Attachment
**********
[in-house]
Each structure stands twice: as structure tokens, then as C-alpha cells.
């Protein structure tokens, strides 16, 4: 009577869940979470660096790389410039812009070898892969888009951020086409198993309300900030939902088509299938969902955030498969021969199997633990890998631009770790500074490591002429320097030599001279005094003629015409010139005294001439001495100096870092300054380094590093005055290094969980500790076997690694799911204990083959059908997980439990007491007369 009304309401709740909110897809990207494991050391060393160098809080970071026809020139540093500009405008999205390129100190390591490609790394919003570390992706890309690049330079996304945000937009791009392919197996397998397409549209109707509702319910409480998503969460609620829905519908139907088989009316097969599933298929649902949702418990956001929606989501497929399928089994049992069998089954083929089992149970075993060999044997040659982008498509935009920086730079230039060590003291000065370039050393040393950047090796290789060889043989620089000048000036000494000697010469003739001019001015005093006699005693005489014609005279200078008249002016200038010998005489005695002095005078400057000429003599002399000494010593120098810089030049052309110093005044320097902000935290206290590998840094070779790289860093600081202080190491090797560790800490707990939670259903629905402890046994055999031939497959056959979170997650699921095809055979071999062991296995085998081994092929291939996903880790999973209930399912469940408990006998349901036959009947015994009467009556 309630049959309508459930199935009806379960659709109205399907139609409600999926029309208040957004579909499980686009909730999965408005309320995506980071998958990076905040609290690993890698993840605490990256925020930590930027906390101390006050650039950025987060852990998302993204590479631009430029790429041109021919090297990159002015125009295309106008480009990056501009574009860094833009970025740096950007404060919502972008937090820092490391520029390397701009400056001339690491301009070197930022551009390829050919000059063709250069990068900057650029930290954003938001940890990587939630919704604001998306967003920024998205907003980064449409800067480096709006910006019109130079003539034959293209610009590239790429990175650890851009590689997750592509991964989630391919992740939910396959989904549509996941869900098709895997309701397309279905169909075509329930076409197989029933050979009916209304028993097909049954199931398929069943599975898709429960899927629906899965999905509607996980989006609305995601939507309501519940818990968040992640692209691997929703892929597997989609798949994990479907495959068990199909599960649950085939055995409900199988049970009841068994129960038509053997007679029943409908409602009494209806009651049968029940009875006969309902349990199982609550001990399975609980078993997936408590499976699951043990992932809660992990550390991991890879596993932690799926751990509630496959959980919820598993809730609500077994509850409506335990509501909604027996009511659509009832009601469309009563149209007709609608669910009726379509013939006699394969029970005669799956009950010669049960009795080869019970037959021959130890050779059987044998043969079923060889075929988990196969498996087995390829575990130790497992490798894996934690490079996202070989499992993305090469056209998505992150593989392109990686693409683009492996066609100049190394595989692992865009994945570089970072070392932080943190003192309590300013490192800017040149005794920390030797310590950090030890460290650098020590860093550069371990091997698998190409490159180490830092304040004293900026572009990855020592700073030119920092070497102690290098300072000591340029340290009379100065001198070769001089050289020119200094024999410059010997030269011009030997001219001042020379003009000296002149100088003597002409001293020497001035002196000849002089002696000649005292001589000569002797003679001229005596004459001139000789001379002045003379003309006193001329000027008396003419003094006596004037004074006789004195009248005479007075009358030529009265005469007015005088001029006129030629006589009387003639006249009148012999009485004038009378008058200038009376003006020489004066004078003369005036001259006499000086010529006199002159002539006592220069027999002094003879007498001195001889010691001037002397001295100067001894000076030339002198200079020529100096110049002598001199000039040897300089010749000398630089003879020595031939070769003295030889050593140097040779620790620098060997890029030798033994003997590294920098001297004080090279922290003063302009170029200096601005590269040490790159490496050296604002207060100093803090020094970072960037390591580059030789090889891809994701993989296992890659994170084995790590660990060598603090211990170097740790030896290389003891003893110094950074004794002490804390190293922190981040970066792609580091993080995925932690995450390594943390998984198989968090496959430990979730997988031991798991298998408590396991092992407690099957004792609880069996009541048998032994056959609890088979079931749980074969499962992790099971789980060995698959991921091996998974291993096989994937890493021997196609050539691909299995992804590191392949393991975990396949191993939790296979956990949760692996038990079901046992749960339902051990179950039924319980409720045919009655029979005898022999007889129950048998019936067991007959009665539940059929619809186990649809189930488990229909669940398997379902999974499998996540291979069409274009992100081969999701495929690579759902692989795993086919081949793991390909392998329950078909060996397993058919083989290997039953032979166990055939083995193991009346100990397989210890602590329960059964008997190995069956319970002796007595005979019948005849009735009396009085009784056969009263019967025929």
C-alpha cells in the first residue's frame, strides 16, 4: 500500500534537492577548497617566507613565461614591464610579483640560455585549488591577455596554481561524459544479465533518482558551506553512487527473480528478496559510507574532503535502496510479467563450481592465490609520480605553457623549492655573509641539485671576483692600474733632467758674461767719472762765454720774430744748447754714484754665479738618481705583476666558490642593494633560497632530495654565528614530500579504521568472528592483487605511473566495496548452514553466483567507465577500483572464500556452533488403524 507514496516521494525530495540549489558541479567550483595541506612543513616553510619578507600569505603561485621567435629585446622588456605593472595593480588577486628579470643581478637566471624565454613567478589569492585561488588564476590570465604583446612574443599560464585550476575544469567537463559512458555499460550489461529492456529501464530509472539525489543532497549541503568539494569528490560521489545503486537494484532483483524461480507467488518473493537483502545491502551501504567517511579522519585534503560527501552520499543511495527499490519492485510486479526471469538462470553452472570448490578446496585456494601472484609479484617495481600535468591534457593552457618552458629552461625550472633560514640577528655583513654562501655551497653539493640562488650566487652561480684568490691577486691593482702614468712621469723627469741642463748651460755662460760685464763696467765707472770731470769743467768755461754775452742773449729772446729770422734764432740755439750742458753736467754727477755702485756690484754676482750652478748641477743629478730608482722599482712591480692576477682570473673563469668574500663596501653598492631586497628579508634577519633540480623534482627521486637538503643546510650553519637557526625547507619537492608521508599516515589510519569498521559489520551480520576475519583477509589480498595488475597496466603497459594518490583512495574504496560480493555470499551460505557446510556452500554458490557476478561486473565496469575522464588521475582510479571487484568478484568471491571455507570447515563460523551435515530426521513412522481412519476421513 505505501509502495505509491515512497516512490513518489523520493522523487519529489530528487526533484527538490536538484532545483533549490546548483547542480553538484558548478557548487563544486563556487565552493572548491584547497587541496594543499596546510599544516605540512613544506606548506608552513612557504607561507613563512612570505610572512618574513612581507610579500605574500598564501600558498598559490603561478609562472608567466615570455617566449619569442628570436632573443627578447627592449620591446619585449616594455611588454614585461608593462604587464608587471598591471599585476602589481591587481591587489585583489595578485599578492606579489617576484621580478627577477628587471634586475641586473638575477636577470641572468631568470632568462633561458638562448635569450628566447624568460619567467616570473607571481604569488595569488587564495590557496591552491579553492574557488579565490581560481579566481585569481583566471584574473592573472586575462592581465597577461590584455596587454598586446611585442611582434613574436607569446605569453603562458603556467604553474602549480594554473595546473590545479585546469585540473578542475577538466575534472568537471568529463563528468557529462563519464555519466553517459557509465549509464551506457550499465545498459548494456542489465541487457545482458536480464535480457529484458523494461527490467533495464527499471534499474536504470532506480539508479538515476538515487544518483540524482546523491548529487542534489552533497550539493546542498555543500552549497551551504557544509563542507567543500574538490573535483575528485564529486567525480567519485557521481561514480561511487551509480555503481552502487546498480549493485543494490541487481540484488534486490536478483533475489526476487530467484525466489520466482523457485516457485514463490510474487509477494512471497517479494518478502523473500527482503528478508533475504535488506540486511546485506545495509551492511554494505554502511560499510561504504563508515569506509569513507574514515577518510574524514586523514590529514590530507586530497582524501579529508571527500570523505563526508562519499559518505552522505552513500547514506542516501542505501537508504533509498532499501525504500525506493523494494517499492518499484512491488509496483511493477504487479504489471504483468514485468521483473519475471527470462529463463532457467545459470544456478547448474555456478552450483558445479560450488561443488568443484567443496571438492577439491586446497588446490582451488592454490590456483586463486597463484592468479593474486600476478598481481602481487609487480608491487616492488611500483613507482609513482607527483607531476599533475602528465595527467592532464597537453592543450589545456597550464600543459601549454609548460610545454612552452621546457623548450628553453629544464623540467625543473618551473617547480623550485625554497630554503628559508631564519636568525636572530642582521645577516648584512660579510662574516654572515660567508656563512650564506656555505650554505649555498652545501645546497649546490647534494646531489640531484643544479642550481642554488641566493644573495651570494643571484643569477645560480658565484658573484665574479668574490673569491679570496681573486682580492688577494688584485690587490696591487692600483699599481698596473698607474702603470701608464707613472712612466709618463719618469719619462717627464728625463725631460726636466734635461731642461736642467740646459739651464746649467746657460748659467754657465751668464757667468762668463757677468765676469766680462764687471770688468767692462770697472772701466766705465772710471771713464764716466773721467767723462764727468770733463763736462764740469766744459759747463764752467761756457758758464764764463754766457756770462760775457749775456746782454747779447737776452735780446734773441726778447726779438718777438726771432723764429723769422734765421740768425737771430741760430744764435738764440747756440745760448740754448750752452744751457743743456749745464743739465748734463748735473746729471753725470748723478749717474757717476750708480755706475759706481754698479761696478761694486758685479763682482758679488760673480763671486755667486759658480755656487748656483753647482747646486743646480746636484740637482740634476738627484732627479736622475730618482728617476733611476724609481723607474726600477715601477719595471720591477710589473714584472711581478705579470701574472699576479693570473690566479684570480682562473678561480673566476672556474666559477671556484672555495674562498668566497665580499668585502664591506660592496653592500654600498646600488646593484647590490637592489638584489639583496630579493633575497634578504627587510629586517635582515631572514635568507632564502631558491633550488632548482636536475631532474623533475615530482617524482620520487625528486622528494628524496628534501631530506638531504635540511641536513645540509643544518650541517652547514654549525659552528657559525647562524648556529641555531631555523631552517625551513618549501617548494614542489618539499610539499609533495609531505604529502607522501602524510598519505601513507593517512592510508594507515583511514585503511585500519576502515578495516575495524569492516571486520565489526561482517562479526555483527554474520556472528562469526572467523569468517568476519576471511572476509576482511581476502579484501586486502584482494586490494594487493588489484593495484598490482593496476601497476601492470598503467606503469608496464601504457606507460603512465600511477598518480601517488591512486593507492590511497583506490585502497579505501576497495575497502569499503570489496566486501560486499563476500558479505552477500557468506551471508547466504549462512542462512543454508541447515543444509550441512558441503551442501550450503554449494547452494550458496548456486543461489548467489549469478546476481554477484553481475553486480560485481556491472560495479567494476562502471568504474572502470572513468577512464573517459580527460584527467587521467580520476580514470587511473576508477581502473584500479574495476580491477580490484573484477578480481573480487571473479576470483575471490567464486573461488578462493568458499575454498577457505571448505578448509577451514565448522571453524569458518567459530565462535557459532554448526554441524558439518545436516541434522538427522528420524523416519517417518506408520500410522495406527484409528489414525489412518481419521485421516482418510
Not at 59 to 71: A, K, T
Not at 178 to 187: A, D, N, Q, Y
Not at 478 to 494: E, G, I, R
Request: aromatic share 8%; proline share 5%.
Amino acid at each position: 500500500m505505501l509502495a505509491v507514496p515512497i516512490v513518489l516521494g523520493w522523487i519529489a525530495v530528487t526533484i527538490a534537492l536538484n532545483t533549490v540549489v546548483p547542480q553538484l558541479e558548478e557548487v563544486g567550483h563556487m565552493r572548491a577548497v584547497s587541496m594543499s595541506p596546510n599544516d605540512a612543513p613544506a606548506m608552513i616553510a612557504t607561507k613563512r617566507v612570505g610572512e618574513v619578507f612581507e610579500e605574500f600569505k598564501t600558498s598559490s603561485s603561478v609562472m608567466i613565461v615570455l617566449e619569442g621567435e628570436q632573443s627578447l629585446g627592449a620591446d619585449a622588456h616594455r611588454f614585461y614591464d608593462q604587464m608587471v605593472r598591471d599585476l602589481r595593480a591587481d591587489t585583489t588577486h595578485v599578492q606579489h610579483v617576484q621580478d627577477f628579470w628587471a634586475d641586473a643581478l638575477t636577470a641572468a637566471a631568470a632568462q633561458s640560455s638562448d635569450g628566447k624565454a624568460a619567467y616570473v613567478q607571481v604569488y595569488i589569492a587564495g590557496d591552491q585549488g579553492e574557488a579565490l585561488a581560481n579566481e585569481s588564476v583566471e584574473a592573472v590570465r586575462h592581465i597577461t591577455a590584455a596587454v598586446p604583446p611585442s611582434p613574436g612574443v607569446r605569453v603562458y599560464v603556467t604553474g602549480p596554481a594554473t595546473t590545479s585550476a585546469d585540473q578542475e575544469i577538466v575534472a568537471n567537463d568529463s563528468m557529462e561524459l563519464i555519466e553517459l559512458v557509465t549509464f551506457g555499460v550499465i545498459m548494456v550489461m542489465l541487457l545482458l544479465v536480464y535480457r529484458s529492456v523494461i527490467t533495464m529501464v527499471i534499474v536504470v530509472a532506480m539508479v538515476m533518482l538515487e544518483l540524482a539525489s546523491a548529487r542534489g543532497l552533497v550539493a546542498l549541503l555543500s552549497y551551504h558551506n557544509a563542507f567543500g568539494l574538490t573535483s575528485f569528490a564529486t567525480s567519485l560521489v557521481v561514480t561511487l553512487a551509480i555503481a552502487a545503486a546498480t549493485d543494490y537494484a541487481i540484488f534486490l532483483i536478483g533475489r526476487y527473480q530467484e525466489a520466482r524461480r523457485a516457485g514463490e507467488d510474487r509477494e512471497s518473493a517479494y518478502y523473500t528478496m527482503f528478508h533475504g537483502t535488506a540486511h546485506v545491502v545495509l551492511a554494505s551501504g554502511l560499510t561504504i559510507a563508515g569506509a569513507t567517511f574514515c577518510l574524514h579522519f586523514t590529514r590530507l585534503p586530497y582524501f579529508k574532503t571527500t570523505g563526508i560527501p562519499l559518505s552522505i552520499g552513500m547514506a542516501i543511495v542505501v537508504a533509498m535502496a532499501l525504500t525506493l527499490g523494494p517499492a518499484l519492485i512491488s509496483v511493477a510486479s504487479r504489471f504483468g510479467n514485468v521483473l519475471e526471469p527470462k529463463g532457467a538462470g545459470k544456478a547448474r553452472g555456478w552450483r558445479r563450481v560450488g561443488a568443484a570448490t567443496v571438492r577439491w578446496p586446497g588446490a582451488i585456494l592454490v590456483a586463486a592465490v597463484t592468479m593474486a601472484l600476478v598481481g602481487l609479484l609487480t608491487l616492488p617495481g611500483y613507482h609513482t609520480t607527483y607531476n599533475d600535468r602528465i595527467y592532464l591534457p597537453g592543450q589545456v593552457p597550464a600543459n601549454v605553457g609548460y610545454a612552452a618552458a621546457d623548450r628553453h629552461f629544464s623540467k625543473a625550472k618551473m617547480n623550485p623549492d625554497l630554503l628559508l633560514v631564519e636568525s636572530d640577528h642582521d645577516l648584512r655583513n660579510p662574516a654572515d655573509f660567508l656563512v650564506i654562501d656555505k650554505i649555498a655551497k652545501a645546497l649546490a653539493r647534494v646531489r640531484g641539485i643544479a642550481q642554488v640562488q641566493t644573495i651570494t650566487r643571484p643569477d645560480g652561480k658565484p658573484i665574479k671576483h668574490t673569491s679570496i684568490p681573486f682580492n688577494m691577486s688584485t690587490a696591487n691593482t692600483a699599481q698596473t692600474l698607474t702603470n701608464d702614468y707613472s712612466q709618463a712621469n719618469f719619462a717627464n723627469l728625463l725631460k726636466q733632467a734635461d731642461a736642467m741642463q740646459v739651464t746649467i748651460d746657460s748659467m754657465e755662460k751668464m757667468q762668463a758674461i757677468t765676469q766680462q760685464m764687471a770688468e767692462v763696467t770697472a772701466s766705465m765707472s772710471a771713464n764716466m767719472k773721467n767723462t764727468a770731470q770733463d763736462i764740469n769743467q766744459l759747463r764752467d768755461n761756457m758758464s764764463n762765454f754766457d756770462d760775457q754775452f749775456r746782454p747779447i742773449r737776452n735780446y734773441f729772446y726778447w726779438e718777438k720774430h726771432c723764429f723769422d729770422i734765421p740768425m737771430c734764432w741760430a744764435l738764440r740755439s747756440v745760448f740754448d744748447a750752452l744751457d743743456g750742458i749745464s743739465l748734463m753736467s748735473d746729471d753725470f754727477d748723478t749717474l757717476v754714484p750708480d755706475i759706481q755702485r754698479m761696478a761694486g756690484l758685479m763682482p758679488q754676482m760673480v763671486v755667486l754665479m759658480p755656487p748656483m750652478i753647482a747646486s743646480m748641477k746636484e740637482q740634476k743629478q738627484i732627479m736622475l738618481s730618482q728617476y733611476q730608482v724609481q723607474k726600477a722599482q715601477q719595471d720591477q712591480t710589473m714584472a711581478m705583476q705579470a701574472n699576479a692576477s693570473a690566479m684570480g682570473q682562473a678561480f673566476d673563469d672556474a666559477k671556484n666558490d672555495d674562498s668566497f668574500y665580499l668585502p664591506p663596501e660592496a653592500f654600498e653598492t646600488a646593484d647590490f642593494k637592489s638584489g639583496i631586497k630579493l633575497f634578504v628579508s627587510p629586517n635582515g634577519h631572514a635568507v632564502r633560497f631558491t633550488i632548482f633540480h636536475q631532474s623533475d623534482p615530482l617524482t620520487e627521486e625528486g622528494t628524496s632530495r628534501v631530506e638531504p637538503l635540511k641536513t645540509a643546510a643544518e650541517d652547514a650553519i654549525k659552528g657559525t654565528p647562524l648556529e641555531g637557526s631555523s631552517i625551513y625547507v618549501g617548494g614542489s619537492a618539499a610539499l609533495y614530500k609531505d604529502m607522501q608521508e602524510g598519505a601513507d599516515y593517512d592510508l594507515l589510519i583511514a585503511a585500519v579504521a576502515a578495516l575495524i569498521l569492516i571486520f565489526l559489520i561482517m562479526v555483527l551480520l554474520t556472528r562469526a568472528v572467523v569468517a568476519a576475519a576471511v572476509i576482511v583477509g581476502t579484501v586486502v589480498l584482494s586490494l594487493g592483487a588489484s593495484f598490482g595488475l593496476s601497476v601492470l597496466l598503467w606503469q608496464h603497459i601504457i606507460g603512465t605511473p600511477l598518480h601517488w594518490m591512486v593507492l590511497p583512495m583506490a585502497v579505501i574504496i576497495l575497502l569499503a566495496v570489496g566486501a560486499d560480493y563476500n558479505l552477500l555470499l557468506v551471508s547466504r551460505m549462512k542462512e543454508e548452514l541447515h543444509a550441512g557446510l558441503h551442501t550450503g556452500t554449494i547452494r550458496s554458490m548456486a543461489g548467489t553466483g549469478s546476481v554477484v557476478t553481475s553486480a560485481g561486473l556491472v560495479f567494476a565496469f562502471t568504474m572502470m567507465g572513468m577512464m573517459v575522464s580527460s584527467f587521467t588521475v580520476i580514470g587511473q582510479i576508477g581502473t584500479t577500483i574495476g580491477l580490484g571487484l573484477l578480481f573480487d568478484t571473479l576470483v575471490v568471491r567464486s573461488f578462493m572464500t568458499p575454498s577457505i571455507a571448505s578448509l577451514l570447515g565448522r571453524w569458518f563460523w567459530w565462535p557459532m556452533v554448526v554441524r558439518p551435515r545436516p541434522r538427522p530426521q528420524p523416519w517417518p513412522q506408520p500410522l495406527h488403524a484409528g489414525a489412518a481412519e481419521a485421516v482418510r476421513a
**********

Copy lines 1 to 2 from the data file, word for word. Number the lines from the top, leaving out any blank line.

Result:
[in-house]
Each structure stands twice: as structure tokens, then as C-alpha cells.